Wet shaving is something more that just shaving. It is not comparable to anything like daily cosmetic routine e.g. teeth brushing. Similarly, honing might be a bit more than just sharpening razors. It becomes more appealig when honing on natural wetstones. Again, that is not comparable to honing on synthetic stones, which are fully predictable. There is a slogan which to some extent is true – “each natural wetstone has its own personality”. Good example to learn how far natural wetstones may attract people’s attention, affects interests and fascinations, please open the following links from Henk and Janneke Bos. This Netherland’s couple, who got fascinated by the art-craft of wet-stones across Europe, collected annourmous amout of information on digging, cutting, lapping and selling natural stones for sharpening. For me, the most fascinating facts is that they visited all the places themselves, talked to people, tried to discover the local knowledge about the queries and live arount it. Material presented in their reports/books part 1, part 2, part 3 and part 4 is amazing. In fact, this is the heritage of European craftship, which is largely forgotten. I use the reference to what they did, as a kind of excuse for my little fascination on wet-stones.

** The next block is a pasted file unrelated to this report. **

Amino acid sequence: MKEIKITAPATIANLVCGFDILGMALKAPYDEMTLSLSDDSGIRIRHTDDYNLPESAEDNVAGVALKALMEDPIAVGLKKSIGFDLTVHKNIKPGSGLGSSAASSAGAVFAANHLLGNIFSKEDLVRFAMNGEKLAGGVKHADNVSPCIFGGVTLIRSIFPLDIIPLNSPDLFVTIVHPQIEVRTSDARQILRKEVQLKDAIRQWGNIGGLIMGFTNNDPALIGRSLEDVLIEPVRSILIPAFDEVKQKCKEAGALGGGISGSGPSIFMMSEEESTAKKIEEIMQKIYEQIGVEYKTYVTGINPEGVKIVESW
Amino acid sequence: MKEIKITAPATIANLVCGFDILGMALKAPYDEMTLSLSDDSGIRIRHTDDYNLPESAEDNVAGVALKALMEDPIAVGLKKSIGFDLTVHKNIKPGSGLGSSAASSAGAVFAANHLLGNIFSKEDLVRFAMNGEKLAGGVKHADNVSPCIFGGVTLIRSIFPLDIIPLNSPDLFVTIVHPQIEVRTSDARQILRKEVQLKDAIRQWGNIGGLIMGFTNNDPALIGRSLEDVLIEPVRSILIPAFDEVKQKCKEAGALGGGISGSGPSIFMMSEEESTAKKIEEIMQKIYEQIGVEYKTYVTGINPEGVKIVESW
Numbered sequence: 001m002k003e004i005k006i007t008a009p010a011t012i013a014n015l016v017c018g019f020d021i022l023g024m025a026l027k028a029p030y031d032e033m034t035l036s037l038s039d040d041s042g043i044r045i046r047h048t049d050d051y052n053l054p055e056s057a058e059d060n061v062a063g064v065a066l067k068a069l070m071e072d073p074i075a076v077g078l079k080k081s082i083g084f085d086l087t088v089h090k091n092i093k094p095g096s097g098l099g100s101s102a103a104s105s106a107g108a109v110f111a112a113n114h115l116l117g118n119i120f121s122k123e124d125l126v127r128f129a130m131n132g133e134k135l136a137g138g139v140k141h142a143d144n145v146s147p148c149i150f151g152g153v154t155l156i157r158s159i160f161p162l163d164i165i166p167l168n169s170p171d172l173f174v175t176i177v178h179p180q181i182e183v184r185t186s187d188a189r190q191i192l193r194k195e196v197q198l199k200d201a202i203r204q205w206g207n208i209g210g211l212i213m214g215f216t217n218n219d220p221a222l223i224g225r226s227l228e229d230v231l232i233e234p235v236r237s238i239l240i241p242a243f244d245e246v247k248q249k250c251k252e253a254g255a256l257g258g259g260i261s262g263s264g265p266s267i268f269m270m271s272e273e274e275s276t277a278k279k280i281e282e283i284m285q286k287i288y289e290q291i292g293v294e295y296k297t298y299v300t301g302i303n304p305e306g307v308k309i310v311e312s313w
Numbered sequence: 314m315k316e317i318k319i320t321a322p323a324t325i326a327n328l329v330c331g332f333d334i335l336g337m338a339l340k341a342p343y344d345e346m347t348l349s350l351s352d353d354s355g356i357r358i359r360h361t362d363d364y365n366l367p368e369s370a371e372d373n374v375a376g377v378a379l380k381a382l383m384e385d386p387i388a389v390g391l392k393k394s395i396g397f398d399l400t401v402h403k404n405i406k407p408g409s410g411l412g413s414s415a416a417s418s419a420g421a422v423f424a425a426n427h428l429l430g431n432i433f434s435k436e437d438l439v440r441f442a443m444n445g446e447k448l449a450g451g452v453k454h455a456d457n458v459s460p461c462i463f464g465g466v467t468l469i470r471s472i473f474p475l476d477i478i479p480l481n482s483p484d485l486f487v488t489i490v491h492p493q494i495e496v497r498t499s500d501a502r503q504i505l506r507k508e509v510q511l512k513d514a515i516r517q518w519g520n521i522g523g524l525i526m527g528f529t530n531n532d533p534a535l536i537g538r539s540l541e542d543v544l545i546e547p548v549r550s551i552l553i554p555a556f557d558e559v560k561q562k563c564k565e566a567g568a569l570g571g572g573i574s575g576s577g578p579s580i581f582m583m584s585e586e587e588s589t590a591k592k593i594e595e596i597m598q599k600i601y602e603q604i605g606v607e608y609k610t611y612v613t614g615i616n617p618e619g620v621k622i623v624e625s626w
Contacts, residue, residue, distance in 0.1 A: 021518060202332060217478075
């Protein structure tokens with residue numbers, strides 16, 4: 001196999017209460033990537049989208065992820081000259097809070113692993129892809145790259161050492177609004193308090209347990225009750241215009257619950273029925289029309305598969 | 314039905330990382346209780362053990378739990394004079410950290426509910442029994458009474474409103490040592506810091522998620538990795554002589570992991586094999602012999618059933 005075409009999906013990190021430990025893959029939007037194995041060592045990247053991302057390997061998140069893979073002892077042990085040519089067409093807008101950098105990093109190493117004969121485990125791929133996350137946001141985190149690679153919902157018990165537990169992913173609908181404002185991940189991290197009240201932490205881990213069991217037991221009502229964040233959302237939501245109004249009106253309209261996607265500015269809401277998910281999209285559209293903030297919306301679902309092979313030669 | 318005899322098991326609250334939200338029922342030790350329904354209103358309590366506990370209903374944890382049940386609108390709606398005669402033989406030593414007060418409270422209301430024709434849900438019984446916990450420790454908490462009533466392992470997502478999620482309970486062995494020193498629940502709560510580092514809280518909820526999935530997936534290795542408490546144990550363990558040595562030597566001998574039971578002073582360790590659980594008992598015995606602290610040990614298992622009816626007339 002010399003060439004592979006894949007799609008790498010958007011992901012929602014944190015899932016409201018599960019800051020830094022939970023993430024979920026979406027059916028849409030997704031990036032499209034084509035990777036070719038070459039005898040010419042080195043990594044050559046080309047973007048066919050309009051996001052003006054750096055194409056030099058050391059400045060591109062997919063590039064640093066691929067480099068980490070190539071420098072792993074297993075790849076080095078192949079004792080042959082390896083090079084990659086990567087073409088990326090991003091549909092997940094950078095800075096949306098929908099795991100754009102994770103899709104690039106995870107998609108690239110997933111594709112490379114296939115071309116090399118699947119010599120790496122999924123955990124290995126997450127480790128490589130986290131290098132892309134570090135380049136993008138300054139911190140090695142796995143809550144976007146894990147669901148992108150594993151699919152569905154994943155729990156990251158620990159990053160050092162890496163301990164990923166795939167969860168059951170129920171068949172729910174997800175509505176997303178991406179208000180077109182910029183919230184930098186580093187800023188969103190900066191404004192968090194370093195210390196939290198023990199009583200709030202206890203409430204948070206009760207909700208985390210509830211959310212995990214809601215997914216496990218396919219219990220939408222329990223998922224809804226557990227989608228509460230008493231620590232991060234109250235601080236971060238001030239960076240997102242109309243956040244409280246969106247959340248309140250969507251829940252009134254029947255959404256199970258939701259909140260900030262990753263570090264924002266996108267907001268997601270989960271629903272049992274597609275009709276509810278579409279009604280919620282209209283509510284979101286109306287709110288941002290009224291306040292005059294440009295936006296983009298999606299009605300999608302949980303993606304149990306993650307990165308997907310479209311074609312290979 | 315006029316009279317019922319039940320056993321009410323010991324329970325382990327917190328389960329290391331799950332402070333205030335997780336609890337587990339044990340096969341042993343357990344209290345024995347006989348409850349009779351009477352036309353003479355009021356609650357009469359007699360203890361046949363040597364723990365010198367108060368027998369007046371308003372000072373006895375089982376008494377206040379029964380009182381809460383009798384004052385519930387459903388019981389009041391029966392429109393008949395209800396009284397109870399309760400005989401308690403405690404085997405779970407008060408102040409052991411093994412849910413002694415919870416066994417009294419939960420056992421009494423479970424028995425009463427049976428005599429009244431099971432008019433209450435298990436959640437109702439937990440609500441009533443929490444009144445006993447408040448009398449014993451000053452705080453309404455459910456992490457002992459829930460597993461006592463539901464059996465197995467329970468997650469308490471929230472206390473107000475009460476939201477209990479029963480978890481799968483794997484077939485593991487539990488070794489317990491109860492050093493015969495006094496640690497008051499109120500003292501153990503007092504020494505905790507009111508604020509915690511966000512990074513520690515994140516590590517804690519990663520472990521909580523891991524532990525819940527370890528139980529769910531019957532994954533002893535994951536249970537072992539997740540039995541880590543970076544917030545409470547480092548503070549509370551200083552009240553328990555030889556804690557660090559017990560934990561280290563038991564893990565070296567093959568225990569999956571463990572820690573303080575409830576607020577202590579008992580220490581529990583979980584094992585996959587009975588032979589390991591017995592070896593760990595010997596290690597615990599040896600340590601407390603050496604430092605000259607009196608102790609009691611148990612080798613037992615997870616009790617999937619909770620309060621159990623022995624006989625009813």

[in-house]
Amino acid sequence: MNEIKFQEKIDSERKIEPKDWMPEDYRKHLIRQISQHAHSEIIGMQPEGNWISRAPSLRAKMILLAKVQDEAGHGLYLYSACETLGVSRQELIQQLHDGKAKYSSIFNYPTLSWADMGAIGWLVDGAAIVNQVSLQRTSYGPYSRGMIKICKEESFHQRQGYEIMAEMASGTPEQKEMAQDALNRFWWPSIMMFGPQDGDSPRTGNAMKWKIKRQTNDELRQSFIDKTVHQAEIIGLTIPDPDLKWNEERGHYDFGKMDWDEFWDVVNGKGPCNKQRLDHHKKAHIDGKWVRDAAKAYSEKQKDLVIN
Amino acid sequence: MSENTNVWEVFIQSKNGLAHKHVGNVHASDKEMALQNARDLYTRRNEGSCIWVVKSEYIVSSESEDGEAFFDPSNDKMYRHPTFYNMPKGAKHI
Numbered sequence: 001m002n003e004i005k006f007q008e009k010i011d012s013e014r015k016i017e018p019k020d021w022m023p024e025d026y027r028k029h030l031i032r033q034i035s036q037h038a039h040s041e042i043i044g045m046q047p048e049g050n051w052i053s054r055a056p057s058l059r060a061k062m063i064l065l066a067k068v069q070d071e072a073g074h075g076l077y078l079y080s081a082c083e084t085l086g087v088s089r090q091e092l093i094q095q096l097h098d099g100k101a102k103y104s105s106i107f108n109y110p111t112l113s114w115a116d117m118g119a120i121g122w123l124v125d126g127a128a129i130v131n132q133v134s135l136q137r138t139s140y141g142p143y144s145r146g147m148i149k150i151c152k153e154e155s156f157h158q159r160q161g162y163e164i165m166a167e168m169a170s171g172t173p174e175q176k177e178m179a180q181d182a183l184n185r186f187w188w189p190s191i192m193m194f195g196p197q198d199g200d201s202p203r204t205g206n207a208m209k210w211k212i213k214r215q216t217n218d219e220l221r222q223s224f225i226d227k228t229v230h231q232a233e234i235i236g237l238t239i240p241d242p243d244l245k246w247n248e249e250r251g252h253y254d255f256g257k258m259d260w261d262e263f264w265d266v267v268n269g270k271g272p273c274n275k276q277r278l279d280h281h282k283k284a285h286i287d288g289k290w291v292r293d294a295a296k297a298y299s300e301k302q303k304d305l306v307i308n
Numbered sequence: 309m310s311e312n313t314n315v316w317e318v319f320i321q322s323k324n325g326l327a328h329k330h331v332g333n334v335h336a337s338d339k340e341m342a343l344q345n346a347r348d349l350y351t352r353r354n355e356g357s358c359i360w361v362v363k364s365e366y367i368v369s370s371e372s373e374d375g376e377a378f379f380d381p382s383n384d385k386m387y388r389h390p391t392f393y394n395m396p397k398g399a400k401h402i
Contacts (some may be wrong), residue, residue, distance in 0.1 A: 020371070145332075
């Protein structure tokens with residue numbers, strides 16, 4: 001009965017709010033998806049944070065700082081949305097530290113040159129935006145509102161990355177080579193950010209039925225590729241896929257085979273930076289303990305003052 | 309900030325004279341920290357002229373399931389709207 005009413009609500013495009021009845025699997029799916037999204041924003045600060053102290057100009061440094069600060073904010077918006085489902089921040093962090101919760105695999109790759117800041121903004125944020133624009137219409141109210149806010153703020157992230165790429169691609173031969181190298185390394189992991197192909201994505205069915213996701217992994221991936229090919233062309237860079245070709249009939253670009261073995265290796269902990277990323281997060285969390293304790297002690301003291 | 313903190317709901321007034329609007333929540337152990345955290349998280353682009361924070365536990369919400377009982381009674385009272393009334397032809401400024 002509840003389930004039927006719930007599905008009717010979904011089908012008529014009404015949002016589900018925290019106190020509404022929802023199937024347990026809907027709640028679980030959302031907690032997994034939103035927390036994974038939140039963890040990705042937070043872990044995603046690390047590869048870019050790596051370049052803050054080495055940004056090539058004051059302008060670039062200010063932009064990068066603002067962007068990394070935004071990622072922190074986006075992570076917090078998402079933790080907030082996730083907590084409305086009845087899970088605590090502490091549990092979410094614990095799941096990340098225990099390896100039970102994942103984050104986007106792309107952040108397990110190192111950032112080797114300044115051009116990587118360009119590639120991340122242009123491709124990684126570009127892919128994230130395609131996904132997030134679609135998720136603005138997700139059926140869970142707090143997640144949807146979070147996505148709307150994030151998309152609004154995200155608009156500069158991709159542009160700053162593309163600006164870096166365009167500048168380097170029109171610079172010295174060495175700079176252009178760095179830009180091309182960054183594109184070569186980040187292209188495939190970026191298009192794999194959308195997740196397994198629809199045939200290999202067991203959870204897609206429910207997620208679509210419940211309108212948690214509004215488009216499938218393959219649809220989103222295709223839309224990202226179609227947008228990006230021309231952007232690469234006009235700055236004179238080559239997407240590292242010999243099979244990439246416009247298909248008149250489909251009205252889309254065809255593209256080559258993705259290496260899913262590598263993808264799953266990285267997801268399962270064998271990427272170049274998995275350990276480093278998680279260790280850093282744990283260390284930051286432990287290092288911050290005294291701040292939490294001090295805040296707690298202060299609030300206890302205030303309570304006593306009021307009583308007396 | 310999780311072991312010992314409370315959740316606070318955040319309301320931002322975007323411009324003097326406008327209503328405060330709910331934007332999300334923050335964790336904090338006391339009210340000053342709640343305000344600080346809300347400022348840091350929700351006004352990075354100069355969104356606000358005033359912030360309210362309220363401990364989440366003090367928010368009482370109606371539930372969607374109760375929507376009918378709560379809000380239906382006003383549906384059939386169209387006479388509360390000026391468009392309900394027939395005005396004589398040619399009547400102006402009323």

In this post I present some of my stones (not really all). These come from Japan. Somehow it happened that in this single country (or region), they have as many stone mines, as many types and kinds of stones, as many customers and as much knowledge and expertise as all over the Europe and much more. This is fascinating! The stones are so different. Some are good just for knives, some just for carpentry tools, some for razors. Some work nice with specific steel, are more or less aggressive. Some work as usual abrasive stones, some brake into flakes.